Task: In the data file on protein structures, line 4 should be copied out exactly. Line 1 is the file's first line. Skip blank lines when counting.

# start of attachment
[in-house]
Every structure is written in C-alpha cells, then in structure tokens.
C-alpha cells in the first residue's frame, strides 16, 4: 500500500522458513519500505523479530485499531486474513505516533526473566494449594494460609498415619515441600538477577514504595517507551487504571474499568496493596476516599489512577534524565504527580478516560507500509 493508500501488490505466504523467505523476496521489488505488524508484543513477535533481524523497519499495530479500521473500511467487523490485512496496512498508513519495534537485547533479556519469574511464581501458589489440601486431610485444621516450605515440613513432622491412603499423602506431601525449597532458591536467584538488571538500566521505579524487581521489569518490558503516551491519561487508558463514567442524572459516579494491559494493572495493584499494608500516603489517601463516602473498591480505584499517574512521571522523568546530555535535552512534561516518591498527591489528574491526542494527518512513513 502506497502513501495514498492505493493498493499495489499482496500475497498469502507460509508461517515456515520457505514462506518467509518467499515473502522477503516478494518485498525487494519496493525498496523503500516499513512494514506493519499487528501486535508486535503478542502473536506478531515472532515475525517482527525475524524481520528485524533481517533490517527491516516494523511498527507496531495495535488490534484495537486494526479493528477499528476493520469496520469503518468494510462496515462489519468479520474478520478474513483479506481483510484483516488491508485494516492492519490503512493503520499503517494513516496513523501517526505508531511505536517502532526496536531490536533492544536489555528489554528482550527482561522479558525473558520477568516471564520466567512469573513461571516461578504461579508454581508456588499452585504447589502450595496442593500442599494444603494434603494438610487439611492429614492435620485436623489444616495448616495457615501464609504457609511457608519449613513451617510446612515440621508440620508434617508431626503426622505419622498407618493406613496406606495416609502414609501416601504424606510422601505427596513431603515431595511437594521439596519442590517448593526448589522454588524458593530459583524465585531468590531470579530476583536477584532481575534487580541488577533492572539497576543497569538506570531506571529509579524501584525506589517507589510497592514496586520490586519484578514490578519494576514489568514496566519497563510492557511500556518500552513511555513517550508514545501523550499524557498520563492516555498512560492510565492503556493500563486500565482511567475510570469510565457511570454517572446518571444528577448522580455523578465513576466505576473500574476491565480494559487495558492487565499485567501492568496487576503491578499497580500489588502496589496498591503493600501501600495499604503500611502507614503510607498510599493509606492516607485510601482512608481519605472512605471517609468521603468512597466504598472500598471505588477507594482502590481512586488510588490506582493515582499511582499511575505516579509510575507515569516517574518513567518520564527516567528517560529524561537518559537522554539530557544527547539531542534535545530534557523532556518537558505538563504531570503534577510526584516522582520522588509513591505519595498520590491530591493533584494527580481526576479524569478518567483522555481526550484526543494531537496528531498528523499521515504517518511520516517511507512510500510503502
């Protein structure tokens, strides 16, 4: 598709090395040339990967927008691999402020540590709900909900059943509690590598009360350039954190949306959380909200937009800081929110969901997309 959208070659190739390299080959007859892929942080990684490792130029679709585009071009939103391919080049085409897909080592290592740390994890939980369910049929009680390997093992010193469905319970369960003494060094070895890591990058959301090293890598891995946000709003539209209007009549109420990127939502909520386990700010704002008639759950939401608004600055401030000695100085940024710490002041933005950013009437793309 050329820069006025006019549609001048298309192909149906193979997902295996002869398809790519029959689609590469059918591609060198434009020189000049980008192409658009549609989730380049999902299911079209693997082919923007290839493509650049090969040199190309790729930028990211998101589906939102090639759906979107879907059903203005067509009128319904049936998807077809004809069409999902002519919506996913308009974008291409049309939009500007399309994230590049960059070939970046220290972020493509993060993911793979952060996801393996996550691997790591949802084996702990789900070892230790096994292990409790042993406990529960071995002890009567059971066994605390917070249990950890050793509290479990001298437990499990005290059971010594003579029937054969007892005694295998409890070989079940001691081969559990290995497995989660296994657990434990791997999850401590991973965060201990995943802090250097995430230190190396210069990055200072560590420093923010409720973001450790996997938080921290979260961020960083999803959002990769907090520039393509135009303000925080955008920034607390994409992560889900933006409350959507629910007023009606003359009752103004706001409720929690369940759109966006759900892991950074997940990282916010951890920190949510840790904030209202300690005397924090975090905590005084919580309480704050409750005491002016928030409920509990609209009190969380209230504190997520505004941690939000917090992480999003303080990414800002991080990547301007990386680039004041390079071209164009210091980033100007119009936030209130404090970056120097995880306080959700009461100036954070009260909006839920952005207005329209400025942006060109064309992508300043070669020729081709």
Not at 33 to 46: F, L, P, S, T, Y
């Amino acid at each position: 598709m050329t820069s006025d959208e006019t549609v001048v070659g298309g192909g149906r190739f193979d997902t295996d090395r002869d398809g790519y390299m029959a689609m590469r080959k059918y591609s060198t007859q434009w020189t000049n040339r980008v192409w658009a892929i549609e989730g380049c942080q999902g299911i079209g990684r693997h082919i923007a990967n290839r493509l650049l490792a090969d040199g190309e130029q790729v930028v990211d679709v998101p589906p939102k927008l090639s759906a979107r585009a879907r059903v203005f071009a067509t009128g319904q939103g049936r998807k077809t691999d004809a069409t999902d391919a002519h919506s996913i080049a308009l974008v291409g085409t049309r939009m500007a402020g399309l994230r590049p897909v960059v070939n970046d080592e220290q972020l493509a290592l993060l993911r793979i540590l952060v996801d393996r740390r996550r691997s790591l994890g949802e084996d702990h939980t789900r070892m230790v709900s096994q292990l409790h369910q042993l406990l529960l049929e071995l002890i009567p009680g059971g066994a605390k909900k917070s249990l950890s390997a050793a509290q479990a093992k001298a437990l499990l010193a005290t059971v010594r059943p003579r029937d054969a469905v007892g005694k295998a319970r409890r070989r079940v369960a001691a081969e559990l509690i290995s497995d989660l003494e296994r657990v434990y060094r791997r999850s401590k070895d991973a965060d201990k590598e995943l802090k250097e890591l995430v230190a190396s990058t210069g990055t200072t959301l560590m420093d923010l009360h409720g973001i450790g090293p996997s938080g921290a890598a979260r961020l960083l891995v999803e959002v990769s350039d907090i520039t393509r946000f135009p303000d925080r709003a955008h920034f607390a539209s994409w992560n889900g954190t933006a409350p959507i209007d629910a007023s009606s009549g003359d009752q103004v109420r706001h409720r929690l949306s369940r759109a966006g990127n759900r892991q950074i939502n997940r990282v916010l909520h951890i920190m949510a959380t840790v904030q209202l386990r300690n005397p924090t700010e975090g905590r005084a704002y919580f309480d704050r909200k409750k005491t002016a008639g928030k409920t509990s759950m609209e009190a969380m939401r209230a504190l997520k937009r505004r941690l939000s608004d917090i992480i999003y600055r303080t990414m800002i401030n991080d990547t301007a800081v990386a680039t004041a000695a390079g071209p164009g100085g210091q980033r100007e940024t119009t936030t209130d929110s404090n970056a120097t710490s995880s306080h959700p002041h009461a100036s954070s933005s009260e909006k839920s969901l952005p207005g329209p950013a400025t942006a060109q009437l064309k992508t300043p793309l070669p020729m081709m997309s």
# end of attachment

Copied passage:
């Protein structure tokens, strides 16, 4: 598709090395040339990967927008691999402020540590709900909900059943509690590598009360350039954190949306959380909200937009800081929110969901997309 959208070659190739390299080959007859892929942080990684490792130029679709585009071009939103391919080049085409897909080592290592740390994890939980369910049929009680390997093992010193469905319970369960003494060094070895890591990058959301090293890598891995946000709003539209209007009549109420990127939502909520386990700010704002008639759950939401608004600055401030000695100085940024710490002041933005950013009437793309 050329820069006025006019549609001048298309192909149906193979997902295996002869398809790519029959689609590469059918591609060198434009020189000049980008192409658009549609989730380049999902299911079209693997082919923007290839493509650049090969040199190309790729930028990211998101589906939102090639759906979107879907059903203005067509009128319904049936998807077809004809069409999902002519919506996913308009974008291409049309939009500007399309994230590049960059070939970046220290972020493509993060993911793979952060996801393996996550691997790591949802084996702990789900070892230790096994292990409790042993406990529960071995002890009567059971066994605390917070249990950890050793509290479990001298437990499990005290059971010594003579029937054969007892005694295998409890070989079940001691081969559990290995497995989660296994657990434990791997999850401590991973965060201990995943802090250097995430230190190396210069990055200072560590420093923010409720973001450790996997938080921290979260961020960083999803959002990769907090520039393509135009303000925080955008920034607390994409992560889900933006409350959507629910007023009606003359009752103004706001409720929690369940759109966006759900892991950074997940990282916010951890920190949510840790904030209202300690005397924090975090905590005084919580309480704050409750005491002016928030409920509990609209009190969380209230504190997520505004941690939000917090992480999003303080990414800002991080990547301007990386680039004041390079071209164009210091980033100007119009936030209130404090970056120097995880306080959700009461100036954070009260909006839920952005207005329209400025942006060109064309992508300043070669020729081709």